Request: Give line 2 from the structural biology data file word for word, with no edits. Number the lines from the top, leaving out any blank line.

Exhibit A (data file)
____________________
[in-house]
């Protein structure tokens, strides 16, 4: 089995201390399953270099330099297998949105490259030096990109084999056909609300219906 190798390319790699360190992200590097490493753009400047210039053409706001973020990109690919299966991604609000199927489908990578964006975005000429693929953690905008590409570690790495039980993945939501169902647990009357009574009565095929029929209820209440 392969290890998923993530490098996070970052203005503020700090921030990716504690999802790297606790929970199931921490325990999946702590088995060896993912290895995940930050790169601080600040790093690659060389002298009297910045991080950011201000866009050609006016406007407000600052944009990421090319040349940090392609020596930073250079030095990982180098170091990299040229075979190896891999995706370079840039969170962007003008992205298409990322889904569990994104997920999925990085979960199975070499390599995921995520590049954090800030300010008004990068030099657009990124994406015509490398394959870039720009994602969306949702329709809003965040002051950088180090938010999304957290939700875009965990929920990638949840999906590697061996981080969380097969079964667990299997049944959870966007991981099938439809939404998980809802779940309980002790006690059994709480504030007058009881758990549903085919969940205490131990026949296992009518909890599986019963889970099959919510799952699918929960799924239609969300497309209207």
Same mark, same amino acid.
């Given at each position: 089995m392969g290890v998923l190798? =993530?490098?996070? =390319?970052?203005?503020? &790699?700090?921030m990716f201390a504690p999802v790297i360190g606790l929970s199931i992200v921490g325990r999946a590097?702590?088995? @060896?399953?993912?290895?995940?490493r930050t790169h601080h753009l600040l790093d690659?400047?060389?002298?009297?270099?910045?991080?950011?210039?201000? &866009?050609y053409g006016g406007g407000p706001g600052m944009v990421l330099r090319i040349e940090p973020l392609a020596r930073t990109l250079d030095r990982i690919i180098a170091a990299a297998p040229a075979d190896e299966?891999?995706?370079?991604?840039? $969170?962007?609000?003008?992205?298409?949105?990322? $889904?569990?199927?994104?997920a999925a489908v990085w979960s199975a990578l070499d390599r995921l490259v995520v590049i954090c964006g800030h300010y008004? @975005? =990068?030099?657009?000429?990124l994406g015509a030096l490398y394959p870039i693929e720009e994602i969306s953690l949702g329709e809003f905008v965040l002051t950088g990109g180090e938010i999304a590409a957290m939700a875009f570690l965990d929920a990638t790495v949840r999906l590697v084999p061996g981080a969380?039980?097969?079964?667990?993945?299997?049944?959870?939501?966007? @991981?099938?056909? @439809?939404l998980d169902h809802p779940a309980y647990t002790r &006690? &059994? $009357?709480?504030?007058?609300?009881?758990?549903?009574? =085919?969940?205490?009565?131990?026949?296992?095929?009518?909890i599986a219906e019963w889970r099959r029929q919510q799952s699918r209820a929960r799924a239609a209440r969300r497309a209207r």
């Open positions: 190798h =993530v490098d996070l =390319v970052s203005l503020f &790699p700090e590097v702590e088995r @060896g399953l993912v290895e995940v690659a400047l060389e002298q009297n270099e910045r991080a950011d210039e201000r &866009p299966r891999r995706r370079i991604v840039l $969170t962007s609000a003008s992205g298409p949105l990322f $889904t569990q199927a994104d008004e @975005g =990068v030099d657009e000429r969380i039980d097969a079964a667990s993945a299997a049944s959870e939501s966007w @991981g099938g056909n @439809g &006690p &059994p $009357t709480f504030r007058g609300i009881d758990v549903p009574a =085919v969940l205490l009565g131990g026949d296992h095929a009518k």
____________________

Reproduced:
């Protein structure tokens, strides 16, 4: 089995201390399953270099330099297998949105490259030096990109084999056909609300219906 190798390319790699360190992200590097490493753009400047210039053409706001973020990109690919299966991604609000199927489908990578964006975005000429693929953690905008590409570690790495039980993945939501169902647990009357009574009565095929029929209820209440 392969290890998923993530490098996070970052203005503020700090921030990716504690999802790297606790929970199931921490325990999946702590088995060896993912290895995940930050790169601080600040790093690659060389002298009297910045991080950011201000866009050609006016406007407000600052944009990421090319040349940090392609020596930073250079030095990982180098170091990299040229075979190896891999995706370079840039969170962007003008992205298409990322889904569990994104997920999925990085979960199975070499390599995921995520590049954090800030300010008004990068030099657009990124994406015509490398394959870039720009994602969306949702329709809003965040002051950088180090938010999304957290939700875009965990929920990638949840999906590697061996981080969380097969079964667990299997049944959870966007991981099938439809939404998980809802779940309980002790006690059994709480504030007058009881758990549903085919969940205490131990026949296992009518909890599986019963889970099959919510799952699918929960799924239609969300497309209207």